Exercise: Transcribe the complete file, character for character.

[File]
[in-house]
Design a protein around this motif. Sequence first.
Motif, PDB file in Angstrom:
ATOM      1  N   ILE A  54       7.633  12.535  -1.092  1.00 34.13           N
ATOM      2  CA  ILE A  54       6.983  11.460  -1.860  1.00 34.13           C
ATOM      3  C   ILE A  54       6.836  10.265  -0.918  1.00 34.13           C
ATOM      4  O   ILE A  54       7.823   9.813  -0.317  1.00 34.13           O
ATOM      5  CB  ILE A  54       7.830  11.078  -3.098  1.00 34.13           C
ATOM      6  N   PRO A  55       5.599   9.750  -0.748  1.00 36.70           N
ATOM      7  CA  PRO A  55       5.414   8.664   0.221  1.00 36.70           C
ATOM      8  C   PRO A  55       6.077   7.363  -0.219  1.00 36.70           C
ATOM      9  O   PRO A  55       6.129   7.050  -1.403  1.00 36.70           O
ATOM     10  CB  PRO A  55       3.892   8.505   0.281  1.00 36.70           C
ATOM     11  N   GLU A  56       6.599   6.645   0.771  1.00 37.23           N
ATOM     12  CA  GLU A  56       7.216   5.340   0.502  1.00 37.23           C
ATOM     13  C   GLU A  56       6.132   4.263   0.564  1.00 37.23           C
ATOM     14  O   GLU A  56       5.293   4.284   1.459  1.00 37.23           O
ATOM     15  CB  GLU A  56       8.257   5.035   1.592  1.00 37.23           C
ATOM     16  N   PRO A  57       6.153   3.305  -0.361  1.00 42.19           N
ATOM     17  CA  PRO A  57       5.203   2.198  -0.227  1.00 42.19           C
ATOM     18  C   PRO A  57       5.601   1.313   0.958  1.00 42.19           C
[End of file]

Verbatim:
[in-house]
Design a protein around this motif. Sequence first.
Motif, PDB file in Angstrom:
ATOM      1  N   ILE A  54       7.633  12.535  -1.092  1.00 34.13           N
ATOM      2  CA  ILE A  54       6.983  11.460  -1.860  1.00 34.13           C
ATOM      3  C   ILE A  54       6.836  10.265  -0.918  1.00 34.13           C
ATOM      4  O   ILE A  54       7.823   9.813  -0.317  1.00 34.13           O
ATOM      5  CB  ILE A  54       7.830  11.078  -3.098  1.00 34.13           C
ATOM      6  N   PRO A  55       5.599   9.750  -0.748  1.00 36.70           N
ATOM      7  CA  PRO A  55       5.414   8.664   0.221  1.00 36.70           C
ATOM      8  C   PRO A  55       6.077   7.363  -0.219  1.00 36.70           C
ATOM      9  O   PRO A  55       6.129   7.050  -1.403  1.00 36.70           O
ATOM     10  CB  PRO A  55       3.892   8.505   0.281  1.00 36.70           C
ATOM     11  N   GLU A  56       6.599   6.645   0.771  1.00 37.23           N
ATOM     12  CA  GLU A  56       7.216   5.340   0.502  1.00 37.23           C
ATOM     13  C   GLU A  56       6.132   4.263   0.564  1.00 37.23           C
ATOM     14  O   GLU A  56       5.293   4.284   1.459  1.00 37.23           O
ATOM     15  CB  GLU A  56       8.257   5.035   1.592  1.00 37.23           C
ATOM     16  N   PRO A  57       6.153   3.305  -0.361  1.00 42.19           N
ATOM     17  CA  PRO A  57       5.203   2.198  -0.227  1.00 42.19           C
ATOM     18  C   PRO A  57       5.601   1.313   0.958  1.00 42.19           C